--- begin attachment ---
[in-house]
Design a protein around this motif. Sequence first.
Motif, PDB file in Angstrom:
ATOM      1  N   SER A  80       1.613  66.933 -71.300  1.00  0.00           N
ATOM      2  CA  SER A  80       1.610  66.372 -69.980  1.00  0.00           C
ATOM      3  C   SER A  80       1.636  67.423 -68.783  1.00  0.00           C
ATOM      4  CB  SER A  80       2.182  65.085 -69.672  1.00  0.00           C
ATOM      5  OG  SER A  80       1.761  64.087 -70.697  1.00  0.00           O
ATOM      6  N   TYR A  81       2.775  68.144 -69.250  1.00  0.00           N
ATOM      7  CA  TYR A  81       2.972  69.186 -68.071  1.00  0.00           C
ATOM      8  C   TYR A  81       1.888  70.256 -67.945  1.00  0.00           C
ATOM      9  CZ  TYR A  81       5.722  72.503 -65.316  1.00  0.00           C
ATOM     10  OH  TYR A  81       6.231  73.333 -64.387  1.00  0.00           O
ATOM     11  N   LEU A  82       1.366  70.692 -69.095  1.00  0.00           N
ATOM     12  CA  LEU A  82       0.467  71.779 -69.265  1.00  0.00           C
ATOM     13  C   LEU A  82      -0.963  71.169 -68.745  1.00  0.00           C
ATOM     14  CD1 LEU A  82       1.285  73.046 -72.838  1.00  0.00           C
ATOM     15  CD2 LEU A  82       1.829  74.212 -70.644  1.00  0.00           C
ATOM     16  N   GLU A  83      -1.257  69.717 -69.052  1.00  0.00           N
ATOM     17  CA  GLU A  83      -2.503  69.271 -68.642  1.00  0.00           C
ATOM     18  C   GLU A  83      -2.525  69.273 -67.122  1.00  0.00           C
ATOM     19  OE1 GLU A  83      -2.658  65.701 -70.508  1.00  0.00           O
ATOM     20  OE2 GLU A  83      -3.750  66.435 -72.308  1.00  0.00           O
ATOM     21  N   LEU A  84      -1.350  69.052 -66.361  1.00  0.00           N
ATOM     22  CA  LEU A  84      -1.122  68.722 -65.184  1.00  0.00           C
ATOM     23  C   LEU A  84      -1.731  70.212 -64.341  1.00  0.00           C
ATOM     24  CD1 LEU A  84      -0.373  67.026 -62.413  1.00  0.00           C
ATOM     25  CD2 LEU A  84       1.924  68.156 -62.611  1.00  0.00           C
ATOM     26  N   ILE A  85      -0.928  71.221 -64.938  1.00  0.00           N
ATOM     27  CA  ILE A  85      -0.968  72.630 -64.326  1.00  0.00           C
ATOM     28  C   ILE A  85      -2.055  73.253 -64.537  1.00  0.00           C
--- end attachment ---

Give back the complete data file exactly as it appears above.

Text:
[in-house]
Design a protein around this motif. Sequence first.
Motif, PDB file in Angstrom:
ATOM      1  N   SER A  80       1.613  66.933 -71.300  1.00  0.00           N
ATOM      2  CA  SER A  80       1.610  66.372 -69.980  1.00  0.00           C
ATOM      3  C   SER A  80       1.636  67.423 -68.783  1.00  0.00           C
ATOM      4  CB  SER A  80       2.182  65.085 -69.672  1.00  0.00           C
ATOM      5  OG  SER A  80       1.761  64.087 -70.697  1.00  0.00           O
ATOM      6  N   TYR A  81       2.775  68.144 -69.250  1.00  0.00           N
ATOM      7  CA  TYR A  81       2.972  69.186 -68.071  1.00  0.00           C
ATOM      8  C   TYR A  81       1.888  70.256 -67.945  1.00  0.00           C
ATOM      9  CZ  TYR A  81       5.722  72.503 -65.316  1.00  0.00           C
ATOM     10  OH  TYR A  81       6.231  73.333 -64.387  1.00  0.00           O
ATOM     11  N   LEU A  82       1.366  70.692 -69.095  1.00  0.00           N
ATOM     12  CA  LEU A  82       0.467  71.779 -69.265  1.00  0.00           C
ATOM     13  C   LEU A  82      -0.963  71.169 -68.745  1.00  0.00           C
ATOM     14  CD1 LEU A  82       1.285  73.046 -72.838  1.00  0.00           C
ATOM     15  CD2 LEU A  82       1.829  74.212 -70.644  1.00  0.00           C
ATOM     16  N   GLU A  83      -1.257  69.717 -69.052  1.00  0.00           N
ATOM     17  CA  GLU A  83      -2.503  69.271 -68.642  1.00  0.00           C
ATOM     18  C   GLU A  83      -2.525  69.273 -67.122  1.00  0.00           C
ATOM     19  OE1 GLU A  83      -2.658  65.701 -70.508  1.00  0.00           O
ATOM     20  OE2 GLU A  83      -3.750  66.435 -72.308  1.00  0.00           O
ATOM     21  N   LEU A  84      -1.350  69.052 -66.361  1.00  0.00           N
ATOM     22  CA  LEU A  84      -1.122  68.722 -65.184  1.00  0.00           C
ATOM     23  C   LEU A  84      -1.731  70.212 -64.341  1.00  0.00           C
ATOM     24  CD1 LEU A  84      -0.373  67.026 -62.413  1.00  0.00           C
ATOM     25  CD2 LEU A  84       1.924  68.156 -62.611  1.00  0.00           C
ATOM     26  N   ILE A  85      -0.928  71.221 -64.938  1.00  0.00           N
ATOM     27  CA  ILE A  85      -0.968  72.630 -64.326  1.00  0.00           C
ATOM     28  C   ILE A  85      -2.055  73.253 -64.537  1.00  0.00           C